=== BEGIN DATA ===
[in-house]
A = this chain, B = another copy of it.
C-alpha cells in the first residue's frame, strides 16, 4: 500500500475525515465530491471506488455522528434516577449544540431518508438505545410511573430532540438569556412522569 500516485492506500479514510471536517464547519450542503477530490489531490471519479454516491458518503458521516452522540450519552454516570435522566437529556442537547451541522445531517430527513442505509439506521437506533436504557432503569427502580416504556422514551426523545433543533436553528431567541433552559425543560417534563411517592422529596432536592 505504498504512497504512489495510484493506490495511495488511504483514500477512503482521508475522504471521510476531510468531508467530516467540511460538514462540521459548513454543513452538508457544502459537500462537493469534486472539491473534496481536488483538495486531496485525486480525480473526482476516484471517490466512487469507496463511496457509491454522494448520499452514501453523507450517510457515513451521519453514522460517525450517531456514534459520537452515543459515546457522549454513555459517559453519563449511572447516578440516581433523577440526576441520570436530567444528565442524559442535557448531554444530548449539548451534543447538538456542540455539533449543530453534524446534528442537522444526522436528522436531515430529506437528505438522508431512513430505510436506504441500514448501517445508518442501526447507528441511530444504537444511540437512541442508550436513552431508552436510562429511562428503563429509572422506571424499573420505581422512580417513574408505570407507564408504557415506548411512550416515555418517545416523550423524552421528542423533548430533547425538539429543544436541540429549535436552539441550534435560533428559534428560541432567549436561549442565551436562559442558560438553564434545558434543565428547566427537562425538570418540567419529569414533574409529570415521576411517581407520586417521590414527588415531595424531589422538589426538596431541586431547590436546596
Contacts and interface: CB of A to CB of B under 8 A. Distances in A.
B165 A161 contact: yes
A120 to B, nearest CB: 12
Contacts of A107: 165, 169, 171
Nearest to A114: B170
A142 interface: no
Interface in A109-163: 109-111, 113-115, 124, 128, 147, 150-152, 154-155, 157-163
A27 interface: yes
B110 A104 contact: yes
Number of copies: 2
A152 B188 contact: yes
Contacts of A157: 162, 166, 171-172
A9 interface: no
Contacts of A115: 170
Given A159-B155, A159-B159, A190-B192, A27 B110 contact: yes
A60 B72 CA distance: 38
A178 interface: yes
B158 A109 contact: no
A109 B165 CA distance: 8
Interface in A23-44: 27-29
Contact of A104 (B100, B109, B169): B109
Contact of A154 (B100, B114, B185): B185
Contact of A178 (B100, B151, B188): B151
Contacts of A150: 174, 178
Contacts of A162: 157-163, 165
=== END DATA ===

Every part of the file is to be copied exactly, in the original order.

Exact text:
[in-house]
A = this chain, B = another copy of it.
C-alpha cells in the first residue's frame, strides 16, 4: 500500500475525515465530491471506488455522528434516577449544540431518508438505545410511573430532540438569556412522569 500516485492506500479514510471536517464547519450542503477530490489531490471519479454516491458518503458521516452522540450519552454516570435522566437529556442537547451541522445531517430527513442505509439506521437506533436504557432503569427502580416504556422514551426523545433543533436553528431567541433552559425543560417534563411517592422529596432536592 505504498504512497504512489495510484493506490495511495488511504483514500477512503482521508475522504471521510476531510468531508467530516467540511460538514462540521459548513454543513452538508457544502459537500462537493469534486472539491473534496481536488483538495486531496485525486480525480473526482476516484471517490466512487469507496463511496457509491454522494448520499452514501453523507450517510457515513451521519453514522460517525450517531456514534459520537452515543459515546457522549454513555459517559453519563449511572447516578440516581433523577440526576441520570436530567444528565442524559442535557448531554444530548449539548451534543447538538456542540455539533449543530453534524446534528442537522444526522436528522436531515430529506437528505438522508431512513430505510436506504441500514448501517445508518442501526447507528441511530444504537444511540437512541442508550436513552431508552436510562429511562428503563429509572422506571424499573420505581422512580417513574408505570407507564408504557415506548411512550416515555418517545416523550423524552421528542423533548430533547425538539429543544436541540429549535436552539441550534435560533428559534428560541432567549436561549442565551436562559442558560438553564434545558434543565428547566427537562425538570418540567419529569414533574409529570415521576411517581407520586417521590414527588415531595424531589422538589426538596431541586431547590436546596
Contacts and interface: CB of A to CB of B under 8 A. Distances in A.
B165 A161 contact: yes
A120 to B, nearest CB: 12
Contacts of A107: 165, 169, 171
Nearest to A114: B170
A142 interface: no
Interface in A109-163: 109-111, 113-115, 124, 128, 147, 150-152, 154-155, 157-163
A27 interface: yes
B110 A104 contact: yes
Number of copies: 2
A152 B188 contact: yes
Contacts of A157: 162, 166, 171-172
A9 interface: no
Contacts of A115: 170
Given A159-B155, A159-B159, A190-B192, A27 B110 contact: yes
A60 B72 CA distance: 38
A178 interface: yes
B158 A109 contact: no
A109 B165 CA distance: 8
Interface in A23-44: 27-29
Contact of A104 (B100, B109, B169): B109
Contact of A154 (B100, B114, B185): B185
Contact of A178 (B100, B151, B188): B151
Contacts of A150: 174, 178
Contacts of A162: 157-163, 165